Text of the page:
The Dutch Food and Consumer Product Safety Authority has cleared 7 poultry farms in Barneveld, the Netherlands, as a preventive measure following a new avian influenza outbreak in the area. All 7 farms are within a 1 km zone around the infected premises, which lies in the epicenter of Dutch egg production.
With the preventive culling, the government wants to prevent the virus from spreading further in the most poultry-dense area in the Netherlands. The bird flu virus (probably highly pathogenic) was diagnosed on 15 April at a layer farm in Barneveld with about 34,000 chickens.
Earlier in the week the virus was found at a duck farm in Lunteren, bordering Barneveld, after it seemed to have calmed down for a few weeks. Agriculture Minister Henk Staghouwer calls the new outbreaks in the heart of the poultry sector a major setback.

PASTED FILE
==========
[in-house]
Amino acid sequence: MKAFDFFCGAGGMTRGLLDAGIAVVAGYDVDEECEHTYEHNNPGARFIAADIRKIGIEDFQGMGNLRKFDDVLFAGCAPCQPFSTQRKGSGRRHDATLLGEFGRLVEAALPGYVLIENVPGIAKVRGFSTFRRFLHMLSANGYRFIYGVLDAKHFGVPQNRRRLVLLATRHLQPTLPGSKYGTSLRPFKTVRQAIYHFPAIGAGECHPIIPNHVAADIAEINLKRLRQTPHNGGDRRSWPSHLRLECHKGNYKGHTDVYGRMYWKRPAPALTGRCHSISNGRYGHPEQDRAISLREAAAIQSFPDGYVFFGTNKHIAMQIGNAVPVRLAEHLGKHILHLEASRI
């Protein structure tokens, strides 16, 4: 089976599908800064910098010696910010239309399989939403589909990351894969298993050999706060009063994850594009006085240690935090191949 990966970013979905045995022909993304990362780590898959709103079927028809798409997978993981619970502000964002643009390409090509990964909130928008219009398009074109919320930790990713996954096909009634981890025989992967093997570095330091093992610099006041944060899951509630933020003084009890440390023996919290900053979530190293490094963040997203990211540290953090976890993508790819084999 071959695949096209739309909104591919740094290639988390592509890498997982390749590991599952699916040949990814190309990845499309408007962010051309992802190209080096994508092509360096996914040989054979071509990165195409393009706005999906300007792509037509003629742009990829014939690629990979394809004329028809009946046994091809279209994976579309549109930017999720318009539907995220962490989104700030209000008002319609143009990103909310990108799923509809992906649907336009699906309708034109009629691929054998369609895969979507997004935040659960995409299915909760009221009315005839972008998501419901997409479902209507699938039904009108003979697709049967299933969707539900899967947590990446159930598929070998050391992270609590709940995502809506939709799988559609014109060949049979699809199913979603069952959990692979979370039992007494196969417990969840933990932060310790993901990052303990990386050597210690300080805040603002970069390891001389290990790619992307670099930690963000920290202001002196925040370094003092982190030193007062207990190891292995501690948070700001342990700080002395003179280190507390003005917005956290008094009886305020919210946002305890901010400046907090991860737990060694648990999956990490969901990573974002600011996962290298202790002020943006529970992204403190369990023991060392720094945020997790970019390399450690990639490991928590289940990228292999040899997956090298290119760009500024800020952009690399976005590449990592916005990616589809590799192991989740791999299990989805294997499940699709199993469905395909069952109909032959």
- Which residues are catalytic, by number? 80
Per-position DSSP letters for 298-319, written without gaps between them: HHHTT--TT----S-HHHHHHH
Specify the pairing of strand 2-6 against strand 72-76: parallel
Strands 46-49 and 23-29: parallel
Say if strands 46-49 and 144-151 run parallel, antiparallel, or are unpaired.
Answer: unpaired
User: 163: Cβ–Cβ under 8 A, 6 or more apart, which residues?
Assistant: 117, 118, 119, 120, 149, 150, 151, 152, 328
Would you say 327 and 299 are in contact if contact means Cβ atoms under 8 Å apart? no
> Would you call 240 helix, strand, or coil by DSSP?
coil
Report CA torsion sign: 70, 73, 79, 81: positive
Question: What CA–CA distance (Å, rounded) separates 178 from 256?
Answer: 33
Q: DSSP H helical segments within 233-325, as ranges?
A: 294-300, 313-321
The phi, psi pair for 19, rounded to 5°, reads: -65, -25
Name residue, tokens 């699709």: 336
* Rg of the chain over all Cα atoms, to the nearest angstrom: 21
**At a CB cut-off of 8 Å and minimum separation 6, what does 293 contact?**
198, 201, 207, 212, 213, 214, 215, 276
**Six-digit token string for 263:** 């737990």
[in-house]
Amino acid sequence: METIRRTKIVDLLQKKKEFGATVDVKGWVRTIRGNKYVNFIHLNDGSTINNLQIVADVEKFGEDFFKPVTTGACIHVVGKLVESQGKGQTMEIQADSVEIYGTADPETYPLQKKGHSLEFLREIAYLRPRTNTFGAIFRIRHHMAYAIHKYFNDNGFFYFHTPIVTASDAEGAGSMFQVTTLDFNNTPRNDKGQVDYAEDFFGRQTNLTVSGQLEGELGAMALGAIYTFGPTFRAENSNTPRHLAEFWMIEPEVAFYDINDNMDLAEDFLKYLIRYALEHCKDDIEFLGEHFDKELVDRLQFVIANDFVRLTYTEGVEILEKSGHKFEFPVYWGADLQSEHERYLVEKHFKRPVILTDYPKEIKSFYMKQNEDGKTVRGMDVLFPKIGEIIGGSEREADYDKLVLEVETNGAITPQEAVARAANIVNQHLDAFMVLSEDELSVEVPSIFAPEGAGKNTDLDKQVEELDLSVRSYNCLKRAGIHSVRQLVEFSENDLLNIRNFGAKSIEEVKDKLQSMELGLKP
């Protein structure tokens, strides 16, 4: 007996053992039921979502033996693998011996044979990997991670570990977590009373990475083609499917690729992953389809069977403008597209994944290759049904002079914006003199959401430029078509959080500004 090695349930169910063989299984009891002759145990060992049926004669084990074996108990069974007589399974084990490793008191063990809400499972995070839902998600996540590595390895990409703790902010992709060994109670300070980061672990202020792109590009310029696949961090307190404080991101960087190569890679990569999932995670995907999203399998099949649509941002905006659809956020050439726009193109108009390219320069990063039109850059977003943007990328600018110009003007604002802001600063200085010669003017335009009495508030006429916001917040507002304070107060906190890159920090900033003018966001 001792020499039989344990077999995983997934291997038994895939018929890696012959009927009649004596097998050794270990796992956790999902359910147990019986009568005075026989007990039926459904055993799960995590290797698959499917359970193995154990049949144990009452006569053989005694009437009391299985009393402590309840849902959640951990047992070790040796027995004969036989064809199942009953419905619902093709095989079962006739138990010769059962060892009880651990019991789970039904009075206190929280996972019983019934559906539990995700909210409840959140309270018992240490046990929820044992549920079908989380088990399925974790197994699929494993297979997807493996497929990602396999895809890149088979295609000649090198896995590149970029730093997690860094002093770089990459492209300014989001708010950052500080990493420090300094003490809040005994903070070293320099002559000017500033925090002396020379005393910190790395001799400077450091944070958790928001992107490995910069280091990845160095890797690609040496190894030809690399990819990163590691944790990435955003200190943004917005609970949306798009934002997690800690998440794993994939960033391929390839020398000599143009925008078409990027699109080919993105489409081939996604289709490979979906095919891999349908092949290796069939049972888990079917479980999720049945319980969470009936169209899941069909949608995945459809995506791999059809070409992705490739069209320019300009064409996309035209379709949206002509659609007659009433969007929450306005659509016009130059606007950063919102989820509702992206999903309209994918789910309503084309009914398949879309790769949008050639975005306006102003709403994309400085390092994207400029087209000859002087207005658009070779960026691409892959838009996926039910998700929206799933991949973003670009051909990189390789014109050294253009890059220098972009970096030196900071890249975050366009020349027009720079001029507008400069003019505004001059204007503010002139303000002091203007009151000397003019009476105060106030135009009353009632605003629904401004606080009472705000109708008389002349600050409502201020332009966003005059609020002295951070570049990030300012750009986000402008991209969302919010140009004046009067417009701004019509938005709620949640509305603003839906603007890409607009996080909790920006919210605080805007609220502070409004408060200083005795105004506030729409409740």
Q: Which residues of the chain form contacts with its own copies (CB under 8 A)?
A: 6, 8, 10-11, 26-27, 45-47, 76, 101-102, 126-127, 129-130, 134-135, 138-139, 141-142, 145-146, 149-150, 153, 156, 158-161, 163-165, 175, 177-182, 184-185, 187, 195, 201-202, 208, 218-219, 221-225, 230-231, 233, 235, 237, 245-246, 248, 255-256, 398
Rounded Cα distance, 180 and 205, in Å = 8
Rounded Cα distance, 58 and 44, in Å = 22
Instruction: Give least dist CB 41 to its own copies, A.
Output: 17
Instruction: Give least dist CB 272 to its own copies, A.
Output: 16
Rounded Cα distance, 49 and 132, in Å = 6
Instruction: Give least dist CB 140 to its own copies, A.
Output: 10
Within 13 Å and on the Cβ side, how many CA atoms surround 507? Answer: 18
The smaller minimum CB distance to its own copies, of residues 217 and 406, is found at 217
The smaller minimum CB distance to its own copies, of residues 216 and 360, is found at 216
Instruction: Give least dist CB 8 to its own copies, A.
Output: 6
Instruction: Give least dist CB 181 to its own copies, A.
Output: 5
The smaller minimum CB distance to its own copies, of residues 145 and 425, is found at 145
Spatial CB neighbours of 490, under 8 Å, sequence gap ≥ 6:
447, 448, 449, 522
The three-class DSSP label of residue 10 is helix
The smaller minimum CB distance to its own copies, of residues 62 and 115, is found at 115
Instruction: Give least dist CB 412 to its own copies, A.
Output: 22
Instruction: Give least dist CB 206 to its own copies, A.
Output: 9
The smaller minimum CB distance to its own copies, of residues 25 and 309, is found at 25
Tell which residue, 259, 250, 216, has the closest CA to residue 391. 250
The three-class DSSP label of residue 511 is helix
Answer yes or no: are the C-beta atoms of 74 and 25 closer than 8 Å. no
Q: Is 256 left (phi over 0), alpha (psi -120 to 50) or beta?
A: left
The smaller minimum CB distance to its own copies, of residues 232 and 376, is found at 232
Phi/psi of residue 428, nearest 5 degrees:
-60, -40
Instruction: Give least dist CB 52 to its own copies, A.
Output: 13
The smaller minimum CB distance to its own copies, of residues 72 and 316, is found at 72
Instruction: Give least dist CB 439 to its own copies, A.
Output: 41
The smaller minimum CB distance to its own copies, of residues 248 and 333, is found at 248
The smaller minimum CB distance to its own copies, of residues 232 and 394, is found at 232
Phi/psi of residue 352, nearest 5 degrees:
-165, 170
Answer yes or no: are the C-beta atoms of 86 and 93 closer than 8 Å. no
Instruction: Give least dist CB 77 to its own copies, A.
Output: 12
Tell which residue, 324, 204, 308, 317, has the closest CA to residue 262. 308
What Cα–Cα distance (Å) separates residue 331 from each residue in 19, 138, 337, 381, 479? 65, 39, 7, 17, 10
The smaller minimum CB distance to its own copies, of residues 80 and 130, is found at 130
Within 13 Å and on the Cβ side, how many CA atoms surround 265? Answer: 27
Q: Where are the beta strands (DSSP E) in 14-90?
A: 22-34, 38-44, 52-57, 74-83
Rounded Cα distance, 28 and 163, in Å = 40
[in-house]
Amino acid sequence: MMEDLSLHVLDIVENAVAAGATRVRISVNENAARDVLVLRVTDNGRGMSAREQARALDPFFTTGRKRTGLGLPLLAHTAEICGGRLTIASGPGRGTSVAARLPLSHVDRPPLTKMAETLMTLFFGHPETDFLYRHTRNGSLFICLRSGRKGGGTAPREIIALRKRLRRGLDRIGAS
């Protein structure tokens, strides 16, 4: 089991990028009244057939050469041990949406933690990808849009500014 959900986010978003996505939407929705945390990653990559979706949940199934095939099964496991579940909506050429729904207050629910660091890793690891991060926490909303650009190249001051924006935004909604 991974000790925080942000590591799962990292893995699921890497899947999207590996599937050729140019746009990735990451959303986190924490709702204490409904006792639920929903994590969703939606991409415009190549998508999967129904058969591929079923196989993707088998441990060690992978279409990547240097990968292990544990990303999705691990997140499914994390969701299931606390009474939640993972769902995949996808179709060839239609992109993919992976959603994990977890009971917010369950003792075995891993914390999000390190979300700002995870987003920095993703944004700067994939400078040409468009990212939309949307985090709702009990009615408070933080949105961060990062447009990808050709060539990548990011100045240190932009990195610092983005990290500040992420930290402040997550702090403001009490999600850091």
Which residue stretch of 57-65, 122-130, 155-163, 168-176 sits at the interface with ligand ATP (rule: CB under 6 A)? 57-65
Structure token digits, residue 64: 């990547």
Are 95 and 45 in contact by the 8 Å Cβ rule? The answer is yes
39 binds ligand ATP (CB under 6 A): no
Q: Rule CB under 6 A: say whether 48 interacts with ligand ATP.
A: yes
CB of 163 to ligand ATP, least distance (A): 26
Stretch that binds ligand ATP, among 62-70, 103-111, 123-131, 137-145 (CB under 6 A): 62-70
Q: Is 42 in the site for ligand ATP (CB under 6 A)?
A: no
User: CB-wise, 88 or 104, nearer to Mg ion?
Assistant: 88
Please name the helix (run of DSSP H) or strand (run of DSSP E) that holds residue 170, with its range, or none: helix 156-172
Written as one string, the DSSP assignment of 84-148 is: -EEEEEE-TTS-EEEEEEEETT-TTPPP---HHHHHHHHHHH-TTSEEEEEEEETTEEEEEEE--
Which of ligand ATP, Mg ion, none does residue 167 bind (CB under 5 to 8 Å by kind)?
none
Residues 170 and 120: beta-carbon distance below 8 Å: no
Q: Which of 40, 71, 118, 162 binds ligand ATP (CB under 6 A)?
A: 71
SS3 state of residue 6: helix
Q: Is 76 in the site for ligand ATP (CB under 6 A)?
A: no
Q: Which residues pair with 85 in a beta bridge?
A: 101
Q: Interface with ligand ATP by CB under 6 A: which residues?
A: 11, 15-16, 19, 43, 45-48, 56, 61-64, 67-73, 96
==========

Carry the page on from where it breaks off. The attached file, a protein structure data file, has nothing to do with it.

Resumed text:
When asked, poultry organisation, Avined, states that there is no reason to suspect that there is a link between the infections in Lunteren and Barneveld, given the relative distance between the companies and the fact that they operate in completely different poultry sectors.
There are many other poultry farms around the infected farm in Barneveld, in addition to the 7 within a 1 km radius. There are 19 other poultry farms within the 3 km zone. These are sampled by the NVWA for avian influenza. In addition, these farms will be intensively monitored over the next 14 days for symptoms that may indicate the disease.
There are 229 other poultry farms in a 10 km zone. A transport ban applies immediately as usual for this zone. The transport ban in the 3 km and 10 km zone applies to all birds and breeding and consumption eggs from a location with birds. The ban also applies to bird manure and used litter, and to other animals and animal products from poultry farms.
In total, there have now been 34 outbreaks of bird flu on commercial poultry farms in the Netherlands since last autumn.